“A brief and rapidly closing window to secure a liveable future.”
That’s the sobering assessment made by scientists on the United Nations’ Intergovernmental Panel on Climate Change (IPCC), which earlier this week published its latest report, on the impacts of the climate crisis.
Demands such as these would not just be an attempt to right historical injustices created simultaneously by colonialism and climate change, but to prevent them occurring again in the future.
In it, the IPPC argues that roughly 3.5 billion people—45% of the world’s population—currently live in areas of “high vulnerability” to climate change, meaning they will be heavily impacted by floods, droughts or extreme weather in the decades to come.
Yet even more striking than the sheer scale of these impacts is their inequality and unfairness. The vast majority of those 3.5 billion people are in “west-, central- and east Africa, south Asia, Central and South America, small island developing states and the Arctic.” These regions—which have some of the lowest per capita carbon emissions in the world—are now suffering the effects of a crisis that has been driven and exacerbated by the looting of their lands for wealth and natural resources.
Not only are these countries and communities faced with displacement, food shortages, water insecurity and more, unless there is concerted global action, the report also asserts that many losses are already happening now, and are irreversible.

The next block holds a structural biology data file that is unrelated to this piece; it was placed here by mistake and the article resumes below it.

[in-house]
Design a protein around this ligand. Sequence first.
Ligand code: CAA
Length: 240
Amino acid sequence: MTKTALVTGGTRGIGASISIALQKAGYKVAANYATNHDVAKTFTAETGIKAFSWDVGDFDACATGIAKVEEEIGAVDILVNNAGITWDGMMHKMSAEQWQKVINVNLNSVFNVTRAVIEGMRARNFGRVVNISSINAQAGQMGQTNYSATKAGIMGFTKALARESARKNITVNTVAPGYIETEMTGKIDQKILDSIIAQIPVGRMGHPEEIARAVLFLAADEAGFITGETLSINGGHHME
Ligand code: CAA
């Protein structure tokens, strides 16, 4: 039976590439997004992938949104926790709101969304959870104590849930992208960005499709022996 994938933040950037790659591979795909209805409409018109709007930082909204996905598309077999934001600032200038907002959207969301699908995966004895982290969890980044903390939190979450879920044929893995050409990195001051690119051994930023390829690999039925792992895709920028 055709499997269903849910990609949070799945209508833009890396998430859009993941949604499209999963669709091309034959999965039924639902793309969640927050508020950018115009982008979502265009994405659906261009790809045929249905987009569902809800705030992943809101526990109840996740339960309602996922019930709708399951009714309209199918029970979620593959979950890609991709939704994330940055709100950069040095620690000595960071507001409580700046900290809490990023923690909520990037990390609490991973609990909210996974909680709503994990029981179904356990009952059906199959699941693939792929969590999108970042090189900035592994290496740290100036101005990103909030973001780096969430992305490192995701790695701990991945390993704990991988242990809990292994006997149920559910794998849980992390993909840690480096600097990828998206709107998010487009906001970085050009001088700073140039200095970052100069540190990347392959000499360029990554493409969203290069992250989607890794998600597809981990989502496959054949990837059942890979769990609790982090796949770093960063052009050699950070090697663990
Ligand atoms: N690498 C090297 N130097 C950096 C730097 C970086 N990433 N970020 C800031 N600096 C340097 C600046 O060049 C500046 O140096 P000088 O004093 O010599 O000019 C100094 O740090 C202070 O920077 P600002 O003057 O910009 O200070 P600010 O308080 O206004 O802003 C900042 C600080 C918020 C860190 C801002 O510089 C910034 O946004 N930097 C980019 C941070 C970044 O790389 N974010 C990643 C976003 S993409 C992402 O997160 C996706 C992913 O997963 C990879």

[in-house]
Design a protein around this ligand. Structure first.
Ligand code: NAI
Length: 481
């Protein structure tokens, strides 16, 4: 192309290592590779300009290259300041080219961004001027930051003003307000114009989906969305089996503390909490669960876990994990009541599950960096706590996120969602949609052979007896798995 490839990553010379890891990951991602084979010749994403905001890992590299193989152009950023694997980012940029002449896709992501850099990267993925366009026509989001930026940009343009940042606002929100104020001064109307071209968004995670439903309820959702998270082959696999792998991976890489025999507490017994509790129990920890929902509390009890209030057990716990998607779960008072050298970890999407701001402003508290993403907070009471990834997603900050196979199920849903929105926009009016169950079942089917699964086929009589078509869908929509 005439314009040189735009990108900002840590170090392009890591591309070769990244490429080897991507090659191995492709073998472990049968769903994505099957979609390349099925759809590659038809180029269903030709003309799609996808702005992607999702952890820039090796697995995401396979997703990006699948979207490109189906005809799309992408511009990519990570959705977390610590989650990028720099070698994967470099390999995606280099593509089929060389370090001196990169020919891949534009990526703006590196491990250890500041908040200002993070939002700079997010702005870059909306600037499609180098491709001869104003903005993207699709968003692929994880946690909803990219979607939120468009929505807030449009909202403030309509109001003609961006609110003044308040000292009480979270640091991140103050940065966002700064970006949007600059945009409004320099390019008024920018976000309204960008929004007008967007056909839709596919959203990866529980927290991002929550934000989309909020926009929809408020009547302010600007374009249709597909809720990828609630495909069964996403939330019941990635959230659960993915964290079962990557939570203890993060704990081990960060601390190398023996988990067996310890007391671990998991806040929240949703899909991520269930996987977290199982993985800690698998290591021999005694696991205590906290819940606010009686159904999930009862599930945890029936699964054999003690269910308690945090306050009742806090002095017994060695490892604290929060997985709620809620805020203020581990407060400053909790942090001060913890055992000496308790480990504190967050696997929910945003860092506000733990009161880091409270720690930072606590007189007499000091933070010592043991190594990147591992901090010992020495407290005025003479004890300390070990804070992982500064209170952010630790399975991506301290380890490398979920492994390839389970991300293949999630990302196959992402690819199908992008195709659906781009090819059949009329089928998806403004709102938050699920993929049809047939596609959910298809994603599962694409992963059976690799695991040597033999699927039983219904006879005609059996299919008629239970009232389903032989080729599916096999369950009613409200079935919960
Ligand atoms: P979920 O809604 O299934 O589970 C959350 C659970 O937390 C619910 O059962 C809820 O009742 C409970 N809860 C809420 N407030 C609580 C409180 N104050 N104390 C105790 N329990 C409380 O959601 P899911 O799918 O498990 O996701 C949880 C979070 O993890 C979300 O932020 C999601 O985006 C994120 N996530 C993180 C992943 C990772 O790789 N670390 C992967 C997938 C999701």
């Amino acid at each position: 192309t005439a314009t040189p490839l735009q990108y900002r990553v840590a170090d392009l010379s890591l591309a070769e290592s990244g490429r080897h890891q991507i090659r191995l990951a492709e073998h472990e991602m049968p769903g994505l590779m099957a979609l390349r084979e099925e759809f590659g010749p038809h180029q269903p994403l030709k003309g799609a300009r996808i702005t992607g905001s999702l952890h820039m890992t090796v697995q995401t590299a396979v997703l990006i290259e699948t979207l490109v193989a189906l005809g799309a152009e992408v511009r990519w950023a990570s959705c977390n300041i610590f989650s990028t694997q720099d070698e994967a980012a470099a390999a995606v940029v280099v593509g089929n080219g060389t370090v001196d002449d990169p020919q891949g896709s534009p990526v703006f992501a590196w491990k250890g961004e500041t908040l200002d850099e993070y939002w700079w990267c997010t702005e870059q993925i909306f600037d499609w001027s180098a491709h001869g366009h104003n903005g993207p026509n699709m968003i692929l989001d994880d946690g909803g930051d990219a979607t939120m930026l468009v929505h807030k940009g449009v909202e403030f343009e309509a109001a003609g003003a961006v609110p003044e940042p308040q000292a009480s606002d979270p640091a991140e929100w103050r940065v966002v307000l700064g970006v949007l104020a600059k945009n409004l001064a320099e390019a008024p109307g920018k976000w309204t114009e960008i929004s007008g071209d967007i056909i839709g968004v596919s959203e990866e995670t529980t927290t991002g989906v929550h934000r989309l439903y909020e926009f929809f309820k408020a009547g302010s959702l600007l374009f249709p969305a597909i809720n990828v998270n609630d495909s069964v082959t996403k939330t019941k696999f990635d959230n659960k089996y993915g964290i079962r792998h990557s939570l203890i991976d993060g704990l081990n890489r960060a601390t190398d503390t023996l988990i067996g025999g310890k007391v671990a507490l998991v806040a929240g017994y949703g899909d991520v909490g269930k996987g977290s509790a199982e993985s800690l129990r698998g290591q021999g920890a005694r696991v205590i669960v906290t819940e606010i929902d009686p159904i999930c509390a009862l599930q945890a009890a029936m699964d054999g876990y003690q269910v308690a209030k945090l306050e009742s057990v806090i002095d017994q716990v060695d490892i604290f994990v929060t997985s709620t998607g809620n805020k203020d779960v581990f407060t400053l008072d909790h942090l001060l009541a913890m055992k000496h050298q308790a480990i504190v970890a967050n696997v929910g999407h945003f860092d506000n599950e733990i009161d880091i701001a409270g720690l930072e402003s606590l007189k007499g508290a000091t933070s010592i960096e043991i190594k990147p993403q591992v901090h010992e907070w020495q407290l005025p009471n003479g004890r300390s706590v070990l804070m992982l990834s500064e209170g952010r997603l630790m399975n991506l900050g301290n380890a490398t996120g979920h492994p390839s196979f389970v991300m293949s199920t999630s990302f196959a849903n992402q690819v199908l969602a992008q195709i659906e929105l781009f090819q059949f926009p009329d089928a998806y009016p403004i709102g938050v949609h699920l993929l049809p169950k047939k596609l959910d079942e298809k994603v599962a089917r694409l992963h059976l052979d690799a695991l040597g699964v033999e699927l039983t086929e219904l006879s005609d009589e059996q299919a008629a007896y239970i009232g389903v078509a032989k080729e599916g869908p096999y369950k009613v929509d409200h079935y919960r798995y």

What’s finance got to do with it?
This situation is a result of the failure (or perhaps more accurately, refusal) of rich countries to support the Global South against the climate crisis in UN negotiations. Not only have these “Annex 1” countries, including the US, UK, Canada, Australia and most of the EU, repeatedly resisted ambitious, binding targets on emissions reductions, they have also repeatedly broken promises on financial assistance.
Last November, at COP26 in Glasgow, the Global South had three key demands on finance: greatly increased climate finance grants; far more funding for climate adaptation; and a new pot of money to compensate for the loss and damage already being suffered by frontline communities.
This week’s report highlights that, despite a 2009 pledge (at COP15) to commit roughly half of $100bn a year in climate finance to adaptation, only 4-8% of funding has supported projects that help vulnerable communities live with the impacts of the climate crisis (and some of those projects actually increase climate vulnerability). Those communities are now being sacrificed to the selfishness of rich governments that resist paying for the crisis they have caused every step of the way.
The demand for loss and damage compensation has also been heavily resisted at every previous COP. At COP26, the establishment of a new funding pot was rejected and almost all references were removed in the final agreement, the Glasgow Climate Pact.
Campaigners have hailed the promise for further discussions on loss and damage as a small win, and will push hard to make it a key issue at COP27 in Egypt this coming November. Yet, insiders have now raised concerns that there was significant pressure from the Biden administration to remove any mention of loss and damage from the latest IPCC report.